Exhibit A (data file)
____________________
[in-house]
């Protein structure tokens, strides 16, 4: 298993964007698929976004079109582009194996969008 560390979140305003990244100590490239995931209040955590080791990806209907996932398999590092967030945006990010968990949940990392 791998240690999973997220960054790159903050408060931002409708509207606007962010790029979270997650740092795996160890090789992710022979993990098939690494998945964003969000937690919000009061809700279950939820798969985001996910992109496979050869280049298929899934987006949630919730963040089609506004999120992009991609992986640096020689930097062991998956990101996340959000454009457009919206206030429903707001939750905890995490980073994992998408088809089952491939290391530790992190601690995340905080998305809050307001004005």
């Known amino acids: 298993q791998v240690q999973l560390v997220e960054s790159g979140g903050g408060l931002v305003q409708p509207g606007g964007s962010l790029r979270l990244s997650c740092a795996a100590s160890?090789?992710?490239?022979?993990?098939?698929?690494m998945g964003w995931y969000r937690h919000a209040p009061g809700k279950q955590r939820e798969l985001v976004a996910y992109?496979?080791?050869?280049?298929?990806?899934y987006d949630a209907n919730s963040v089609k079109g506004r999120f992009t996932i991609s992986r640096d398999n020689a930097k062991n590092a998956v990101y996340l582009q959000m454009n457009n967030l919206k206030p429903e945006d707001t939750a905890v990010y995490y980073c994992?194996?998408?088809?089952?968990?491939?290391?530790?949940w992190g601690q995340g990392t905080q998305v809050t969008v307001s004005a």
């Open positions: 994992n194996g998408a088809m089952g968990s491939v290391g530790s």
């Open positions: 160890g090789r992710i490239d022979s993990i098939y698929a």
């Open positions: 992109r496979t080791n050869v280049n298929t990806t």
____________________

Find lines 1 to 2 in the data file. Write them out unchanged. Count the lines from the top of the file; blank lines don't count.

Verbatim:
[in-house]
């Protein structure tokens, strides 16, 4: 298993964007698929976004079109582009194996969008 560390979140305003990244100590490239995931209040955590080791990806209907996932398999590092967030945006990010968990949940990392 791998240690999973997220960054790159903050408060931002409708509207606007962010790029979270997650740092795996160890090789992710022979993990098939690494998945964003969000937690919000009061809700279950939820798969985001996910992109496979050869280049298929899934987006949630919730963040089609506004999120992009991609992986640096020689930097062991998956990101996340959000454009457009919206206030429903707001939750905890995490980073994992998408088809089952491939290391530790992190601690995340905080998305809050307001004005």